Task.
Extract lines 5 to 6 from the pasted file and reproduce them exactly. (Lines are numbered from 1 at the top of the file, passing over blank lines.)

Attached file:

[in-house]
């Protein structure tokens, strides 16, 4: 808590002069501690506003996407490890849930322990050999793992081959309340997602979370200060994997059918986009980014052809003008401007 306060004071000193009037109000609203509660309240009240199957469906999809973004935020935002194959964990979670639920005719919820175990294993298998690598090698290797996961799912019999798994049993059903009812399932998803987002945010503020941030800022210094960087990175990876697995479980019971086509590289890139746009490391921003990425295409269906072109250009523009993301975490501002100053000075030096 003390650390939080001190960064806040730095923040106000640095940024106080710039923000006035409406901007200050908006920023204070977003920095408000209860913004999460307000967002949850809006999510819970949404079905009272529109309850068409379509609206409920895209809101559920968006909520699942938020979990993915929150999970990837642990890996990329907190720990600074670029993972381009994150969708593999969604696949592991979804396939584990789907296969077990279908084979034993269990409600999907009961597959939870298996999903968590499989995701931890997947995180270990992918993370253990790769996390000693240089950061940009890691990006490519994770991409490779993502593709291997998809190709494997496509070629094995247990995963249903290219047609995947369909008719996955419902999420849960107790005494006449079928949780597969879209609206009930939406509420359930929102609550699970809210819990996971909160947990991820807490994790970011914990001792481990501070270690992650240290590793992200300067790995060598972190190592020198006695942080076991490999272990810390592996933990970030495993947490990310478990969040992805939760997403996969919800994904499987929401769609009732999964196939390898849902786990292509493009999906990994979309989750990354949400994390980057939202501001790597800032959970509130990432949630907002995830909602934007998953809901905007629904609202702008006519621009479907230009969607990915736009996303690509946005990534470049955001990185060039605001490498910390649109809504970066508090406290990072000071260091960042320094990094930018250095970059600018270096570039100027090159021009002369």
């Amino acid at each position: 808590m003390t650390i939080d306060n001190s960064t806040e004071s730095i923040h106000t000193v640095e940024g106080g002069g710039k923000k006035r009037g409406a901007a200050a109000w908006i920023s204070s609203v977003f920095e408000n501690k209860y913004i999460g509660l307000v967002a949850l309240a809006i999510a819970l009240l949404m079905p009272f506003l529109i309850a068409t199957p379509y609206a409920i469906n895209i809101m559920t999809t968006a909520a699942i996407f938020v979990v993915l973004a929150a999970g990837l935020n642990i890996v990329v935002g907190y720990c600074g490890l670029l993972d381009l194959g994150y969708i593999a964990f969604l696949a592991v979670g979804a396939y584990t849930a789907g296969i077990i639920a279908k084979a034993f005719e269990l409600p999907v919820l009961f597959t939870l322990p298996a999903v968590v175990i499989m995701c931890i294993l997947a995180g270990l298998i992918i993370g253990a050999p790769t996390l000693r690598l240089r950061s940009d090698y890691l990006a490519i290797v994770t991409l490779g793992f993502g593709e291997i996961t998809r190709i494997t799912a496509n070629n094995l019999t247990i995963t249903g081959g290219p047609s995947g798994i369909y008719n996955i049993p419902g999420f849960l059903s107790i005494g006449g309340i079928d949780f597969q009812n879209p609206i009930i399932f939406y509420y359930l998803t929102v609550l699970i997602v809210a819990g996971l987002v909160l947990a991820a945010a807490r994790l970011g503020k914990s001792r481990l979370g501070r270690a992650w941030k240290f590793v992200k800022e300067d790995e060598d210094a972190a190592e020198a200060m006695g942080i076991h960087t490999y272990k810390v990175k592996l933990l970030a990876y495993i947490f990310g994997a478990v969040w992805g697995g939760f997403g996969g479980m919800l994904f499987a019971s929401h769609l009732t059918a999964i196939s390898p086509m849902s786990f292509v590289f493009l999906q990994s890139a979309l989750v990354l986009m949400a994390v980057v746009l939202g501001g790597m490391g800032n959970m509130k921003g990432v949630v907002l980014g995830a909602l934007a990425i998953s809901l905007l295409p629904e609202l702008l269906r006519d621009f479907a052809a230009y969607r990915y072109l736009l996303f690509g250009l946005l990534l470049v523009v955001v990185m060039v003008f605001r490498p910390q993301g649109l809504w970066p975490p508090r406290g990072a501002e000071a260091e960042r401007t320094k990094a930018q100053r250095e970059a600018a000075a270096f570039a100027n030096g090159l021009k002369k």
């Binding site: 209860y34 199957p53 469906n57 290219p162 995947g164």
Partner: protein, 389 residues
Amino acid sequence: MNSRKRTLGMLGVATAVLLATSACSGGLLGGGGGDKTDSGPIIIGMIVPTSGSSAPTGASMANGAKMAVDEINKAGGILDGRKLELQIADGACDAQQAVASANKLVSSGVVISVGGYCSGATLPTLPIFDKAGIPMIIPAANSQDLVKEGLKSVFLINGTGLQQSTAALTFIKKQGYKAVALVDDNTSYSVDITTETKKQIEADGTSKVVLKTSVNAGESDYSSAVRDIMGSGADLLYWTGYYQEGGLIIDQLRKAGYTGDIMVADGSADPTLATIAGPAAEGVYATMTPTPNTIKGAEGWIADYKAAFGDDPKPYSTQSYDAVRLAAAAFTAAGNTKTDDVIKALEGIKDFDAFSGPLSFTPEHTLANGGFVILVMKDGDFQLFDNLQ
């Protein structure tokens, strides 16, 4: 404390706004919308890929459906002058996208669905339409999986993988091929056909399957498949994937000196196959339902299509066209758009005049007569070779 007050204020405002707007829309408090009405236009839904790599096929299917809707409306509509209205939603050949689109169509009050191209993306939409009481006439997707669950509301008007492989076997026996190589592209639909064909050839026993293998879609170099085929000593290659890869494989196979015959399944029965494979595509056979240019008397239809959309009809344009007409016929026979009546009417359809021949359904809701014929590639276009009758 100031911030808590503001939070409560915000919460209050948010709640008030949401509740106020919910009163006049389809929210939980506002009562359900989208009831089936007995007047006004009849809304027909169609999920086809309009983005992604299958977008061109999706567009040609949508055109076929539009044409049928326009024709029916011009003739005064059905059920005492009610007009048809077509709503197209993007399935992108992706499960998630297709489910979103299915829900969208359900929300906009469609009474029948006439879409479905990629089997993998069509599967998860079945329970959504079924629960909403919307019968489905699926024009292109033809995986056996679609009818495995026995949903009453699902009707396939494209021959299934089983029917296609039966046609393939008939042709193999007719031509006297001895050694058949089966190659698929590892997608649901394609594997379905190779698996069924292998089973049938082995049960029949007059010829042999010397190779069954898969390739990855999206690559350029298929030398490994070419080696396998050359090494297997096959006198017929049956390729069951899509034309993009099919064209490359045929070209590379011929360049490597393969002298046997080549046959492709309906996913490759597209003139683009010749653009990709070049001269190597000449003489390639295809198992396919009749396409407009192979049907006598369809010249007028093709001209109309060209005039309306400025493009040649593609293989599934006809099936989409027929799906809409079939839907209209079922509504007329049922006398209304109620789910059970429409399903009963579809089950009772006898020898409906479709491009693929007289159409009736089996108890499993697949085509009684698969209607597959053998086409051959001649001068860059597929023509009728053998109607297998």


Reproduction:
Partner: protein, 389 residues
Amino acid sequence: MNSRKRTLGMLGVATAVLLATSACSGGLLGGGGGDKTDSGPIIIGMIVPTSGSSAPTGASMANGAKMAVDEINKAGGILDGRKLELQIADGACDAQQAVASANKLVSSGVVISVGGYCSGATLPTLPIFDKAGIPMIIPAANSQDLVKEGLKSVFLINGTGLQQSTAALTFIKKQGYKAVALVDDNTSYSVDITTETKKQIEADGTSKVVLKTSVNAGESDYSSAVRDIMGSGADLLYWTGYYQEGGLIIDQLRKAGYTGDIMVADGSADPTLATIAGPAAEGVYATMTPTPNTIKGAEGWIADYKAAFGDDPKPYSTQSYDAVRLAAAAFTAAGNTKTDDVIKALEGIKDFDAFSGPLSFTPEHTLANGGFVILVMKDGDFQLFDNLQ